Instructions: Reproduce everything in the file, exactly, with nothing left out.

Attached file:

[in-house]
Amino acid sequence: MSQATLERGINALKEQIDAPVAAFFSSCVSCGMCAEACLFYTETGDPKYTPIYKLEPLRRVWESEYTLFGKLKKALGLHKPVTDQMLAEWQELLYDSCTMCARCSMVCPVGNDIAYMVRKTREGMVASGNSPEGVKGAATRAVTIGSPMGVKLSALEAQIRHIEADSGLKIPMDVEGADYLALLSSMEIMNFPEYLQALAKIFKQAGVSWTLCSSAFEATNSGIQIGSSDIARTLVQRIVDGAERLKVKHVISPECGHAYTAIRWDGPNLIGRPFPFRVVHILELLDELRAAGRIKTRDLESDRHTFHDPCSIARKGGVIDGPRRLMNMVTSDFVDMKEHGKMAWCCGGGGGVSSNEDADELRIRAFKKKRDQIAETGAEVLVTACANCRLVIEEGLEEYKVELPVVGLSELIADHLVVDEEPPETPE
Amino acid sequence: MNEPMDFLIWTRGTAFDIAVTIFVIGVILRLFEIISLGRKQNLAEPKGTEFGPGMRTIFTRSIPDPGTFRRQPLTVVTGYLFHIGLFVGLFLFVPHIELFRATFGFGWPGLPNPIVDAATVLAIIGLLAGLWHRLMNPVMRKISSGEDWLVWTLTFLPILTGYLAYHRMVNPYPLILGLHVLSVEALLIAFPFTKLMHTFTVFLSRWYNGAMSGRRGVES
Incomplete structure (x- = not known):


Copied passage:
[in-house]
Amino acid sequence: MSQATLERGINALKEQIDAPVAAFFSSCVSCGMCAEACLFYTETGDPKYTPIYKLEPLRRVWESEYTLFGKLKKALGLHKPVTDQMLAEWQELLYDSCTMCARCSMVCPVGNDIAYMVRKTREGMVASGNSPEGVKGAATRAVTIGSPMGVKLSALEAQIRHIEADSGLKIPMDVEGADYLALLSSMEIMNFPEYLQALAKIFKQAGVSWTLCSSAFEATNSGIQIGSSDIARTLVQRIVDGAERLKVKHVISPECGHAYTAIRWDGPNLIGRPFPFRVVHILELLDELRAAGRIKTRDLESDRHTFHDPCSIARKGGVIDGPRRLMNMVTSDFVDMKEHGKMAWCCGGGGGVSSNEDADELRIRAFKKKRDQIAETGAEVLVTACANCRLVIEEGLEEYKVELPVVGLSELIADHLVVDEEPPETPE
Amino acid sequence: MNEPMDFLIWTRGTAFDIAVTIFVIGVILRLFEIISLGRKQNLAEPKGTEFGPGMRTIFTRSIPDPGTFRRQPLTVVTGYLFHIGLFVGLFLFVPHIELFRATFGFGWPGLPNPIVDAATVLAIIGLLAGLWHRLMNPVMRKISSGEDWLVWTLTFLPILTGYLAYHRMVNPYPLILGLHVLSVEALLIAFPFTKLMHTFTVFLSRWYNGAMSGRRGVES
Incomplete structure (x- = not known):